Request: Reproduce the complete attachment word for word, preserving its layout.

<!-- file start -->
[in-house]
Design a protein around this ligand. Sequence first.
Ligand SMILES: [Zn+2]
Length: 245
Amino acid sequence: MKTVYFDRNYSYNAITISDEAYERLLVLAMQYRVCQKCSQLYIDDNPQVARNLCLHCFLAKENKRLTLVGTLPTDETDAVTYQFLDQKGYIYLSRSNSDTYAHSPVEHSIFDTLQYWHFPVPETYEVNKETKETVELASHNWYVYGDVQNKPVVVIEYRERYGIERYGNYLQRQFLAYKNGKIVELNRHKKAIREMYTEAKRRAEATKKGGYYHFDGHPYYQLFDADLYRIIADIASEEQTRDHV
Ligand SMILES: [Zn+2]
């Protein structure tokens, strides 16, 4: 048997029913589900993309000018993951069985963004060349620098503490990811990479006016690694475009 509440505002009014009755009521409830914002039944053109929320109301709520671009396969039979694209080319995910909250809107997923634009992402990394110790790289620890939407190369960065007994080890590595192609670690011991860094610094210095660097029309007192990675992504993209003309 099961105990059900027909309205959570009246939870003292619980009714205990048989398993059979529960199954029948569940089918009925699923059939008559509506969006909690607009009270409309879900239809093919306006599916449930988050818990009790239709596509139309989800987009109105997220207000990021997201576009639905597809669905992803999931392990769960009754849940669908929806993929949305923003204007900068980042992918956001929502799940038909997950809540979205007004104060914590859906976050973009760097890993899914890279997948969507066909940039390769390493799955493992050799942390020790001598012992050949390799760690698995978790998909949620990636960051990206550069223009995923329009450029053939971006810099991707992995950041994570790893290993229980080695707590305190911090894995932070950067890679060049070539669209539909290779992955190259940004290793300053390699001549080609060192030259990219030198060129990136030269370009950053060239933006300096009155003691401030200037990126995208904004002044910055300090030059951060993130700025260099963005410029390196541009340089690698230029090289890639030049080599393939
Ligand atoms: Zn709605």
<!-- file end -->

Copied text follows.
[in-house]
Design a protein around this ligand. Sequence first.
Ligand SMILES: [Zn+2]
Length: 245
Amino acid sequence: MKTVYFDRNYSYNAITISDEAYERLLVLAMQYRVCQKCSQLYIDDNPQVARNLCLHCFLAKENKRLTLVGTLPTDETDAVTYQFLDQKGYIYLSRSNSDTYAHSPVEHSIFDTLQYWHFPVPETYEVNKETKETVELASHNWYVYGDVQNKPVVVIEYRERYGIERYGNYLQRQFLAYKNGKIVELNRHKKAIREMYTEAKRRAEATKKGGYYHFDGHPYYQLFDADLYRIIADIASEEQTRDHV
Ligand SMILES: [Zn+2]
């Protein structure tokens, strides 16, 4: 048997029913589900993309000018993951069985963004060349620098503490990811990479006016690694475009 509440505002009014009755009521409830914002039944053109929320109301709520671009396969039979694209080319995910909250809107997923634009992402990394110790790289620890939407190369960065007994080890590595192609670690011991860094610094210095660097029309007192990675992504993209003309 099961105990059900027909309205959570009246939870003292619980009714205990048989398993059979529960199954029948569940089918009925699923059939008559509506969006909690607009009270409309879900239809093919306006599916449930988050818990009790239709596509139309989800987009109105997220207000990021997201576009639905597809669905992803999931392990769960009754849940669908929806993929949305923003204007900068980042992918956001929502799940038909997950809540979205007004104060914590859906976050973009760097890993899914890279997948969507066909940039390769390493799955493992050799942390020790001598012992050949390799760690698995978790998909949620990636960051990206550069223009995923329009450029053939971006810099991707992995950041994570790893290993229980080695707590305190911090894995932070950067890679060049070539669209539909290779992955190259940004290793300053390699001549080609060192030259990219030198060129990136030269370009950053060239933006300096009155003691401030200037990126995208904004002044910055300090030059951060993130700025260099963005410029390196541009340089690698230029090289890639030049080599393939
Ligand atoms: Zn709605």